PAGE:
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Cutting business rates is needed to save our high streets

4 min read

As Conservative MPs, there are certain issues we constantly hear on the doorstep. The future of bricks-and-mortar retail is one of them.

Everybody has an opinion about what’s happening in their local area, from the declining high street to the out-of-town retail park vacated by many well-known shops. People recognise that retail supports much of what they love about the places they live – cafes, restaurants, and other forms of hospitality. Everyone wants thriving town centres and exciting high streets. They also know that the tax system is making it difficult to open a shop or start a high street business where they live. That’s especially the case in the North and Midlands, the places where the Conservatives won seats at the last election.

The business rates system is no longer fit for purpose

That’s one of the reasons why so many Tory MPs have been making a lot of noise in recent weeks about the issue of cutting business rates, effectively a “shops tax” on the British high street. A survey from the British Retail Consortium last month found that 4 in 5 retailers would likely have to close more shops unless their business rates bill was reduced. Unsurprisingly, new survey data out this month showed that three quarters of Red Wall voters also want to see business rates cut to save local shops.

We agree. The business rates system is no longer fit for purpose. Since 1990 when they were introduced, business rates receipts have shot up from £8.8bn to £27.3bn, an increase of 210 per cent compared with a 75 per cent increase in inflation. That’s not sustainable. New data suggests the actual tax rate will soon hit 51.5 per cent. It’s unaffordable and it isn’t fair.

Last week the Treasury suggested that change was in the pipeline, though not by the Budget this week. Although the delay is disappointing, reform would be extremely welcome, especially for the many Conservative MPs who have been championing this issue for years. But reform must benefit the places we represent.

Similarly, the Treasury’s suggestion that a so-called Amazon Tax could be introduced on online retail is welcome to many of our colleagues, but only if that new tax is offset by a reduction in rates. There is no point introducing yet another new tax on bricks-and-mortar retailers if we don’t at the same time free up their ability to invest in physical shops in local areas. The rate of empty shops is now twice as high in the North East than it is in the London – 20 per cent to 10 per cent - and we need to urgently rebalance, providing more opportunity to invest for companies across the UK.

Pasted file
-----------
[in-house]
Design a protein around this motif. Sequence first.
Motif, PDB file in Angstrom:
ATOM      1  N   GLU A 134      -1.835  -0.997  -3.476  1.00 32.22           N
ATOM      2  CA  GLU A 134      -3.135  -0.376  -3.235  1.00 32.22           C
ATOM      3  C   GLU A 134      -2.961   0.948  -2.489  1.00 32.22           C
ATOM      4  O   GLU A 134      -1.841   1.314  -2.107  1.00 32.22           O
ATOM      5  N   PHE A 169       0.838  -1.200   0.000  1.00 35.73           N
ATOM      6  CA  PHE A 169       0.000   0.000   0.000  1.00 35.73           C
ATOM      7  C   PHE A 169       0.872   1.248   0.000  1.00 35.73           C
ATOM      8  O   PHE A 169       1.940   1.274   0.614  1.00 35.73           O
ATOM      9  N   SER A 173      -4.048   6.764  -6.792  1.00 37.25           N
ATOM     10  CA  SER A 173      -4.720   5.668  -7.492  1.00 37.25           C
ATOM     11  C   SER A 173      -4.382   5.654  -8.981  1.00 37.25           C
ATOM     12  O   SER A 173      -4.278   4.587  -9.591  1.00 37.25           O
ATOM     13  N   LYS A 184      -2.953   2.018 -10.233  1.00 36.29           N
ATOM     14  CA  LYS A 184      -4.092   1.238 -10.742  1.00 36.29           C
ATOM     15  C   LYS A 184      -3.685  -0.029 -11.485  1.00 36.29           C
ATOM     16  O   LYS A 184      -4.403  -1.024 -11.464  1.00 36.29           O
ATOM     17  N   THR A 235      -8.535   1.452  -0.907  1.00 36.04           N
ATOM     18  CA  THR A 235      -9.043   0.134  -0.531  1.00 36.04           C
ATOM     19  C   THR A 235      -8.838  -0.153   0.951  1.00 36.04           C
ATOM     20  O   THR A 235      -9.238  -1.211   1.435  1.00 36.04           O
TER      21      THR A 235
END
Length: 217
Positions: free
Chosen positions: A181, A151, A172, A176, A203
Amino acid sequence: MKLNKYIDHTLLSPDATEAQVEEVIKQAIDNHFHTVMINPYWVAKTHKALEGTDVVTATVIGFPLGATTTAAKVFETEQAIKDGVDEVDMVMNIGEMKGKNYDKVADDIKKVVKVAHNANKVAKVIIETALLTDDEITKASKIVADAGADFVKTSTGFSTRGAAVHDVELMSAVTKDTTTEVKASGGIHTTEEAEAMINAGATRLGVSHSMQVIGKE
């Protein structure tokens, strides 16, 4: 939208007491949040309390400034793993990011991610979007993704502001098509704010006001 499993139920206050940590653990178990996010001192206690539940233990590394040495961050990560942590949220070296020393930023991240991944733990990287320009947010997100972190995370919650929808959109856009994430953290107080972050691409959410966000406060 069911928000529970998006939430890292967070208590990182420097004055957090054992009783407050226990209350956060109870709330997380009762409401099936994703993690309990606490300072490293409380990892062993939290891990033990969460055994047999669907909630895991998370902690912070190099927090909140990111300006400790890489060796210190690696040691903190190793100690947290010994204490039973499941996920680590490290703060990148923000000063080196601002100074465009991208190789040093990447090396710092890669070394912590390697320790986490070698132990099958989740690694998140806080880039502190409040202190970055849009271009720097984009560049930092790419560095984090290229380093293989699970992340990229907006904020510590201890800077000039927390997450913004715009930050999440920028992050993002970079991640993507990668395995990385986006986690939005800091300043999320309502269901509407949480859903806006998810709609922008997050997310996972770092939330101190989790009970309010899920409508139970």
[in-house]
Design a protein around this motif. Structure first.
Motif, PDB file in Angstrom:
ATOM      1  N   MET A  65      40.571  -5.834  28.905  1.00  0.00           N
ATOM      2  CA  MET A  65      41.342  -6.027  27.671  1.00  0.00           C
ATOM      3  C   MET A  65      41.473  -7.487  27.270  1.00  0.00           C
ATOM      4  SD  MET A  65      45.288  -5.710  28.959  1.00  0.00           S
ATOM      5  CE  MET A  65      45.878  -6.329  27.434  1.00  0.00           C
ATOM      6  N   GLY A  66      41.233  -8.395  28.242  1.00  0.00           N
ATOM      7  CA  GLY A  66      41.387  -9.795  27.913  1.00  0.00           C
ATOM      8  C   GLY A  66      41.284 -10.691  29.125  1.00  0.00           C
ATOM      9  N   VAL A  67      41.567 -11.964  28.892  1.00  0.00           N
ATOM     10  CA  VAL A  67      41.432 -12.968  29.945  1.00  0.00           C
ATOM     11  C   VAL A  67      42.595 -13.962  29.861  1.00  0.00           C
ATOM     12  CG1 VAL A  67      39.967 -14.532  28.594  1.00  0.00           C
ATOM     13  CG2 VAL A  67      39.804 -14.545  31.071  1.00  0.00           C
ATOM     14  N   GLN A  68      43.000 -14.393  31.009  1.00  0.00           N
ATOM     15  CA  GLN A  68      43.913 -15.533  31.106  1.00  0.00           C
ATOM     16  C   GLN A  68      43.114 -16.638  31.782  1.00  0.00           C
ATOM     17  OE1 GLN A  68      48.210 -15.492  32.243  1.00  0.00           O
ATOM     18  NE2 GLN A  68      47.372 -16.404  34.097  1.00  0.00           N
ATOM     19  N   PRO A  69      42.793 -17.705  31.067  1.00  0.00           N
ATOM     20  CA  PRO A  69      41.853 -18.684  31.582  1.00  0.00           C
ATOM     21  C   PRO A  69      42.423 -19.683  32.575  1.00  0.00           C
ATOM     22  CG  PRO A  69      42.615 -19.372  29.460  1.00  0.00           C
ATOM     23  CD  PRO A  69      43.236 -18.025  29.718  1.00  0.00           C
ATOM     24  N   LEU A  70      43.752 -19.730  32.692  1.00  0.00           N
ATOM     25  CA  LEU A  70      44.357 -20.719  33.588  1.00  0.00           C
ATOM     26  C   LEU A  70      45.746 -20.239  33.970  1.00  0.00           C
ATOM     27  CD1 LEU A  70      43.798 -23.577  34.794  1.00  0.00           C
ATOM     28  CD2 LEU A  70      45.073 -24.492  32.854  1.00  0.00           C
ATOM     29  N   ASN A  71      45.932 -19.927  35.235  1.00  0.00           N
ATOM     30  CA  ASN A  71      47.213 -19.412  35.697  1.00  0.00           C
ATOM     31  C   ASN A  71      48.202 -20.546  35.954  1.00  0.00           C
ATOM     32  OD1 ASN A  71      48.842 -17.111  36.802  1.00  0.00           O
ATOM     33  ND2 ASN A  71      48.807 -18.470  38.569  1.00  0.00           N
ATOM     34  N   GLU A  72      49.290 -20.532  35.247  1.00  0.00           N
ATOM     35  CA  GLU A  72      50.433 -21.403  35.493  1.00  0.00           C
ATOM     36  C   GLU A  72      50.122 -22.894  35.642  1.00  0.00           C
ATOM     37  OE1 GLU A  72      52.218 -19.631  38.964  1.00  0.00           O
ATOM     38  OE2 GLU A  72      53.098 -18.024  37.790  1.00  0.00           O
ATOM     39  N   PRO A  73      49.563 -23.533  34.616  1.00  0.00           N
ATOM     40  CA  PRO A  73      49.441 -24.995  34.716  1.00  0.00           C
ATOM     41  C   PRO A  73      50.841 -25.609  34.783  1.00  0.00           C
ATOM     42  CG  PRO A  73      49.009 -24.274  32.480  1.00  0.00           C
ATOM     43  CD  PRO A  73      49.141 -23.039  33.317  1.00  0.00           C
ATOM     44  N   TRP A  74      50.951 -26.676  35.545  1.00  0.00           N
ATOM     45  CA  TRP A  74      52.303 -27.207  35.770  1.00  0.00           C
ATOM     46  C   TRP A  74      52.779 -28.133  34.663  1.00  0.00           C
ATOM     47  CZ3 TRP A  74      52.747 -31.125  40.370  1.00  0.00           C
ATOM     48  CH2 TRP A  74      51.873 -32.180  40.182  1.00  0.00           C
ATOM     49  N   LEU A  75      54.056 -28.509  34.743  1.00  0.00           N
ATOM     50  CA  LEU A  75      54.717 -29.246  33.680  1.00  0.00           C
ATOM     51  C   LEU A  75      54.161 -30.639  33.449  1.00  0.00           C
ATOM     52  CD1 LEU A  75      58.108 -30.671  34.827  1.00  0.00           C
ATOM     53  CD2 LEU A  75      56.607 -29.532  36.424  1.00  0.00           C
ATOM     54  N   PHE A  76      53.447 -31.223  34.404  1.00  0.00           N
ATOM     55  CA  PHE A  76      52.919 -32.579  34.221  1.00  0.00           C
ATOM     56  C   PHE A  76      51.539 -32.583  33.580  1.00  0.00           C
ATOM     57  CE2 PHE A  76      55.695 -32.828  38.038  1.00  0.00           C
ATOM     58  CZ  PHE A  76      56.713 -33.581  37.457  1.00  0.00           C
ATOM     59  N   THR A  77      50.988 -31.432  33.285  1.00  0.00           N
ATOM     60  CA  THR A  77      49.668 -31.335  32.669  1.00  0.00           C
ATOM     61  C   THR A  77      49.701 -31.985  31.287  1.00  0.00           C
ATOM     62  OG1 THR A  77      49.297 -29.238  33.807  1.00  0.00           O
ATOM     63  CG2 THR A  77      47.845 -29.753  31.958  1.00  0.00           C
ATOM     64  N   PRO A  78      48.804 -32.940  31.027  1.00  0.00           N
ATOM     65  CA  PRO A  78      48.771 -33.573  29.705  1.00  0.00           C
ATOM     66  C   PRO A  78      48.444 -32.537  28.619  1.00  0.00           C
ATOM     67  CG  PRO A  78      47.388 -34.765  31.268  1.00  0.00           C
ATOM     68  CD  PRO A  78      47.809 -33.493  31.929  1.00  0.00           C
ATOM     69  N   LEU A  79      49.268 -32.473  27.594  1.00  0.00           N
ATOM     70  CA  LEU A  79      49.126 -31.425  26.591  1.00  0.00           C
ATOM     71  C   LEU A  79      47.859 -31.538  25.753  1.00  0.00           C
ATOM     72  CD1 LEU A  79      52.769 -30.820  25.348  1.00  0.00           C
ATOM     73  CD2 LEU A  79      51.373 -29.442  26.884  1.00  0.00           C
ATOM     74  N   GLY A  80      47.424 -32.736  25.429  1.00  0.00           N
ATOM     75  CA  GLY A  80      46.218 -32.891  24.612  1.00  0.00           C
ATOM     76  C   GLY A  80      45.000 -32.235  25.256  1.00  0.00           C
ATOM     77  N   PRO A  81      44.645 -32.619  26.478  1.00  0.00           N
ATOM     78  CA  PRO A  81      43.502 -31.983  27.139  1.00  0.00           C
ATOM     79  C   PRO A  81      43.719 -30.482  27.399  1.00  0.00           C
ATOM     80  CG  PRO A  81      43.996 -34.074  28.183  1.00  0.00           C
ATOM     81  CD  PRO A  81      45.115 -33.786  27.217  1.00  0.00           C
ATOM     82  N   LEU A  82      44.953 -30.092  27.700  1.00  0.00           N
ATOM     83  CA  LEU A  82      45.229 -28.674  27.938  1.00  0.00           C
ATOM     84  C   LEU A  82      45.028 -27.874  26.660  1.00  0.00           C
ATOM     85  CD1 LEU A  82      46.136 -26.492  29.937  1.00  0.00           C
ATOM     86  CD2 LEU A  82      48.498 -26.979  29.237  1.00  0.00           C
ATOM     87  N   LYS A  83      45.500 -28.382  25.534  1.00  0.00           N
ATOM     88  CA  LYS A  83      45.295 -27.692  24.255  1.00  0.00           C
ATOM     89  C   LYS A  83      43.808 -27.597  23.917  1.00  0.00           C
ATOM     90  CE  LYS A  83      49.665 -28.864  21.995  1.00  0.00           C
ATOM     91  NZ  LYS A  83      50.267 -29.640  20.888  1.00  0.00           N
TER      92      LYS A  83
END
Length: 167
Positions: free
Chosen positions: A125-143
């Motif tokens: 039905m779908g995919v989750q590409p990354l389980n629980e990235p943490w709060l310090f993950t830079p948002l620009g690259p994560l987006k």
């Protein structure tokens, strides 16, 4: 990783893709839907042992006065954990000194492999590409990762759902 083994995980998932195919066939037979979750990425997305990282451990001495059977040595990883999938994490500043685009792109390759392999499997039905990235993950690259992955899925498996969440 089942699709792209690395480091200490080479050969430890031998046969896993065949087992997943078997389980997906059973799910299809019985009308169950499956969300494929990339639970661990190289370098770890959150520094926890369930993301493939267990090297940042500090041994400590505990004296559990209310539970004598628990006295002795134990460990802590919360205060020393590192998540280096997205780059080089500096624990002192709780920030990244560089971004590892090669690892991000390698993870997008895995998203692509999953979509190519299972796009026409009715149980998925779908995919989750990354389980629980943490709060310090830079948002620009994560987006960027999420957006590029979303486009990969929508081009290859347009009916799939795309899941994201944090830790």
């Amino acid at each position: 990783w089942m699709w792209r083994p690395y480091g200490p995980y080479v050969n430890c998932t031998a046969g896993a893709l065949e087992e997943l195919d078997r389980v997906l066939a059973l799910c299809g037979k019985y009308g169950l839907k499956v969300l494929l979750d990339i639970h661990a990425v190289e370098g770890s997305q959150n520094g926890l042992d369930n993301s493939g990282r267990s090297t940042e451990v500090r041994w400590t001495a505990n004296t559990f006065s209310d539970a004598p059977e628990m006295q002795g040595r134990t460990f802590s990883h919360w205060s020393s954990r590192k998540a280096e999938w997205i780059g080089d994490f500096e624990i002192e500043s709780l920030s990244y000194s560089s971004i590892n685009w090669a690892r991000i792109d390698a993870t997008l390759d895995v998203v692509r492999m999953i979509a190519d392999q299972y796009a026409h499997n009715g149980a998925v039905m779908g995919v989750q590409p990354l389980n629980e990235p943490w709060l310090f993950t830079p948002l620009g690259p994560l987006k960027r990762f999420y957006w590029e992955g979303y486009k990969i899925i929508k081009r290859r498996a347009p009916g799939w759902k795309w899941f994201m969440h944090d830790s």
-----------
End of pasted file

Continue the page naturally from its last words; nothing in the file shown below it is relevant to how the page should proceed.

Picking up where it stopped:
Our high streets can’t afford a tax as usual approach. We’re sure the Chancellor recognises business rates were never meant to increase by this much. He won’t let the system sleepwalk into loading even greater costs onto our constituents at a time when they are already worried about the cost of living.

We therefore back calls to reduce business rates significantly on bricks-and-mortar retailers, bringing them closer to the original rate of around 35 per cent of market rent rather than over 50 per cent where they stand today. And introducing a new online sales tax to level the playing field between bricks-and-mortar and online.

We want to drive home the point that a reduction in rates is urgently necessary. Reform of the system has been included in every single Conservative manifesto since 2010. We cannot let down our voters.

As chair of the Northern Research Group, Jake Berry wrote in his call for the government to reduce business rates last week, “shops in constituencies across the country need levelling up, not boarding up.”

If the Conservative Party is to win more seats next time around then we will need to deliver on our manifesto promises, transforming communities for the better and returning pride to local places. It’s time to cut business rates, for the sake of all bricks-and-mortar retail and the communities which depend on it. 

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